FIG. 2R is a somewhat enlarged view of the NMOS device 104N disclosed herein that includes the trimmed spacers 112T disclosed herein. Also note that using the methods disclosed herein, portions of the gate insulation layer 118 near the upper part or opening of the gate cavity 116N may also be removed. As depicted, in this example, the gate cavity 116N has a stepped profile wherein a first portion or depth of the cavity 116N has a first width 112Y (defined by the untrimmed internal surfaces 112S of the spacer 112T) and a second portion or depth wherein the cavity 116N has a second width 112X (defined by the trimmed internal surfaces 112ST of the spacers 112T) that is wider than the first width 112Y. Due to the wider second width of at least a portion of the gate cavity 116N shown in FIG. 2R, and due to removal of portions of the gate insulation layer 118, at least the upper portion of the lateral space 139A may be wider (at some point above the level 115 shown in FIG. 2R) than the corresponding lateral space 139 shown in FIG. 2Q. At locations below the level 115, the lateral space 139A may be the same as described above with respect to the space 139 shown in FIG. 2Q, or there may even be a relatively small opening. In some embodiments, this lateral space 139A may be about 3-5 nm in width at some point above the level 115 shown in FIG. 2R. The space 139A may have an approximately rectangular configuration (as depicted in FIG. 2R) or it may have an outwardly tapered configuration (narrower at the bottom with increasing width toward the top of the space 139A. As thus formed, the space 139A is wide enough such that a traditional material, such as a flowable oxide material, may be formed in at least a portion of the recess 139A so that the above-described recess etching process on the layers 131, 133 and 135 may be performed. Note, so as not to obscure disclosure of the present inventions, no attempt has been made to show the limited space 139A in the gate cavities 116N, 116P after these layers of material are formed in any of the drawings other than FIG. 2R. Accordingly, by performing the internal spacer trimming process described above, the size of the openings of the gate cavities 116N, 116P, especially at the upper part of the gate cavities 116N, 116P, may be effectively increased. In turn, this helps in the process of performing the above-described recess etching process and helps in attempting to form substantially void-free gate metal based gate structures of transistor devices by enabling filling of any openings in at least the gate cavity 116N of the NMOS device 104N.

FIG. 2S depicts the product 100 after several process operations were performed. First, a third flowable material layer 137 that is made of a material that is capable of reliably filling very small width openings, such as an OPL material, was formed so as to over-fill the remaining portions of the gate cavities 116N, 116P. Thereafter, a recess etching process was performed so as to recess the third flowable material layer 137 to the desired level within the cavities 116N, 116P, the magnitude of which may vary depending upon the application. Note that, due to the widening of the openings of the gate cavities 116N, 116P, such a flowable material may still be used to reliably fill the very small spaces, e.g., within the gate cavities 116N, 116P.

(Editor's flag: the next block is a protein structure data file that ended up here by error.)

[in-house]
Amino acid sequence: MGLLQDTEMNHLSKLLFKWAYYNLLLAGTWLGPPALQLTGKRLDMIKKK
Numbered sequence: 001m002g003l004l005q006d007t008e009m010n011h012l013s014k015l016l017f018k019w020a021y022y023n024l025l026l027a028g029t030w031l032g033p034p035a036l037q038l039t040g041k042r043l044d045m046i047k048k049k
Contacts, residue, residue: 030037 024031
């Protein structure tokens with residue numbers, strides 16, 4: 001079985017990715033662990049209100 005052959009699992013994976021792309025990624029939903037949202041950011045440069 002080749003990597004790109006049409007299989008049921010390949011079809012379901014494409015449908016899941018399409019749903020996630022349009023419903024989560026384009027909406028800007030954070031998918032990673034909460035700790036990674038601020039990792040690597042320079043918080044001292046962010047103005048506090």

FIG. 2T depicts the product 100 after one or more dry or wet etching processes were performed to remove portions of the first N-metal layer 131, the second N-metal layer 133 and the third N-metal layer 135 positioned within the gate cavities 116N, 116P above the recessed flowable material layer 137.

FIG. 2U depicts the product 100 after several process operations were performed. First, one or more dry or wet etching processes were performed to remove the third layer of flowable material 137 from within the gate cavities 116N, 116P. Then, a conductive material layer 140 was blanket-deposited on the product 100 so as to over-fill the gate cavities 116N, 116P. The conductive material layer 140 may be comprised of a variety of different conductive materials, e.g., a metal, a metal alloy, polysilicon, tungsten, etc., and it may be formed by performing, for example, a CVD or a PVD process. The conductive material layer 104 may be formed to any desired thickness. Next, one or more planarization processes, e.g., CMP processes, were performed to remove the portions of the conductive material layer 140 positioned above the surface 114S of the layer of insulating material 114 and outside of the gate cavities 116N, 116P. Then, a dry or wet etching process was performed to recess the conductive material layer 140 within the gate cavities 116N, 116P. In one embodiment, the recessing process may be a timed etching process and the remaining portions of the conductive material layer positioned within the gate cavities 116N, 116P may be recessed so as to have any desired thickness. Next, a gate cap layer was formed in each of the gate cavities 116N, 116P. The gate cap layers 142N, 142P may be comprised of, for example, silicon nitride, and they may be formed by blanket-depositing a layer of gate cap material (not shown) so as to over-fill the gate cavities 116N, 116P and thereafter performing one or more planarization processes, e.g., CMP processes, to remove the portions of the gate cap material layer positioned above the surface 114S of the layer of insulating material 114 and outside of the gate cavities 116N, 116P.